In celebration of Asian Pacific American Heritage Month, Sen. Daniel Akaka (D-Hawaii) will deliver a keynote address today at the Library of Congress.
A Hawaii native, Akaka earned both his bachelor’s and master’s degrees from the University of Hawaii. Before his time in Congress, he served in World War II and spent 15 years as a teacher, vice principal and principal.
Akaka was elected to the House in 1976 and was appointed to the Senate in 1990 following the death of Sen. Spark Matsunaga (D).
Akaka will speak at 11 a.m. in the Mumford Room of the Library’s James Madison Building. The event is free and open to the public. For more information, call (202) 707-5000.
NGA Acquires New Contemporary Works
Mussels, objectivity and hooks are just a few of the motifs found in the National Gallery of Art’s cache of recently acquired contemporary works.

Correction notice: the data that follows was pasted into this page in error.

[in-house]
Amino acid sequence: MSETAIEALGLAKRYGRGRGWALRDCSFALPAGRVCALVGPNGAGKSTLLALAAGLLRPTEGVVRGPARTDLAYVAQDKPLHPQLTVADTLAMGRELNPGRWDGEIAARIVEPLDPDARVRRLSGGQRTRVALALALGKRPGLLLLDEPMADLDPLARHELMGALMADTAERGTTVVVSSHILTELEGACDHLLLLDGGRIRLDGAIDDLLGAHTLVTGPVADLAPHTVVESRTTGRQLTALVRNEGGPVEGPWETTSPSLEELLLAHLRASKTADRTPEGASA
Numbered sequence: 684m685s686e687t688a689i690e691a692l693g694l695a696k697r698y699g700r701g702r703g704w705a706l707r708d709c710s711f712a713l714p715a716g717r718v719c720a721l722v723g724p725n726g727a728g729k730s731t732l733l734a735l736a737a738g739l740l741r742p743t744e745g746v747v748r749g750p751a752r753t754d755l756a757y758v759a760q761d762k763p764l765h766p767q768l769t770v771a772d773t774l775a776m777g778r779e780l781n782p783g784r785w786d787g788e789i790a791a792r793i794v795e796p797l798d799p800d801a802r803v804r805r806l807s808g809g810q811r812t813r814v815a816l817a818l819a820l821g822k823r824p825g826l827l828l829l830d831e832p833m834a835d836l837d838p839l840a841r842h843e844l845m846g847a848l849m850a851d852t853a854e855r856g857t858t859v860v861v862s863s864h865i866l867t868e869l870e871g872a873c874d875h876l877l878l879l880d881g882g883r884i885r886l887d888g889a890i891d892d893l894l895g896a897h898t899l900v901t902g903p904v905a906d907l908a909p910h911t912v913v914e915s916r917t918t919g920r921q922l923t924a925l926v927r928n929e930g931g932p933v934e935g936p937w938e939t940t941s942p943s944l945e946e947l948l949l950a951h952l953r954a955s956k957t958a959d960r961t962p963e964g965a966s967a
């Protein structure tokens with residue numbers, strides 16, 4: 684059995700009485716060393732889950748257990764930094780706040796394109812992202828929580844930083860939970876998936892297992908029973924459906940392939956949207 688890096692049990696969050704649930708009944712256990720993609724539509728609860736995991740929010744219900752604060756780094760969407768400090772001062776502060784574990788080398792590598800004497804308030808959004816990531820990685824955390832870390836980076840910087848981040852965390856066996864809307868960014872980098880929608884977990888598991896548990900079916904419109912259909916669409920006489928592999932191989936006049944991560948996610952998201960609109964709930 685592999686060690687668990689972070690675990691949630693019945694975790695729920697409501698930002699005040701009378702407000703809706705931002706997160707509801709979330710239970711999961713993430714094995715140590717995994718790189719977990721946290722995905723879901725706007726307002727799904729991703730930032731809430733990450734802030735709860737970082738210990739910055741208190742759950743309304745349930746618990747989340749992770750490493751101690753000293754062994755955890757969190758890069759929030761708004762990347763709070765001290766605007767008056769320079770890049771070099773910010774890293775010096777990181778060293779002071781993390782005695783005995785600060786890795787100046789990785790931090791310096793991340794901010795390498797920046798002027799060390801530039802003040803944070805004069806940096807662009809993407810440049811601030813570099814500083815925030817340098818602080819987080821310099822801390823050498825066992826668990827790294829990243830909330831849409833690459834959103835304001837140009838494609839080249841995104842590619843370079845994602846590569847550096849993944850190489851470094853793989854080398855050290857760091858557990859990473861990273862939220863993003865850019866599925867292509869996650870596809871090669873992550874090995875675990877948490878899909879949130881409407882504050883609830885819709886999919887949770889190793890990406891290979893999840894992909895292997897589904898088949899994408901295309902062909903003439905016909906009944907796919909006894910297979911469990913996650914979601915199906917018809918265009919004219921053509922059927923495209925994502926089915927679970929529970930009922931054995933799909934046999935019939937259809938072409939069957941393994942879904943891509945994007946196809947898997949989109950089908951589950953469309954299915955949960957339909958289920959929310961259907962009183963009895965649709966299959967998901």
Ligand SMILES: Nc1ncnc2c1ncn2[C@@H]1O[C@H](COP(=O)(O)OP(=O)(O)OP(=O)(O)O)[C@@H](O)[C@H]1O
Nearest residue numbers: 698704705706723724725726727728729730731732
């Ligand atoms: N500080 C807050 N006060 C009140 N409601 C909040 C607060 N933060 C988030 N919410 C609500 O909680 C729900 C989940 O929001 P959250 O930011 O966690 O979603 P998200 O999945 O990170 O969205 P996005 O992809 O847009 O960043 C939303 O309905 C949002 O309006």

Among the acquisitions is “Panneau de moules,” or Mussel Painting (1966), the first work by Belgian artist, filmmaker and poet Marcel Broodthaers to be acquired by the National Gallery. It is a three-dimensional work composed of mussel shells arranged on a square support. Also acquired is a rare, early grid-like piece by conceptual artist Sol LeWitt, which plays on the word “Objectivity” (1962); and “Hook” (1963), a Marcel Duchamp-invoking object sculpture of a hook in a lead box atop a vitrine by 1960s critic and artist Robert Morris.
Other works include Morris’ object sculpture “Untitled (The Letter)” (1964) and his drawing “Blind Time I” (1973), as well as “Untitled (2 Necklines),” a photography and installation piece by Lorna Simpson completed in 1989.
The acquisitions, made possible through funds provided by the National Gallery’s Collectors Committee, are scheduled to go on view in the East Building’s concourse galleries by early August.
— Jennifer Lash and Bree Hocking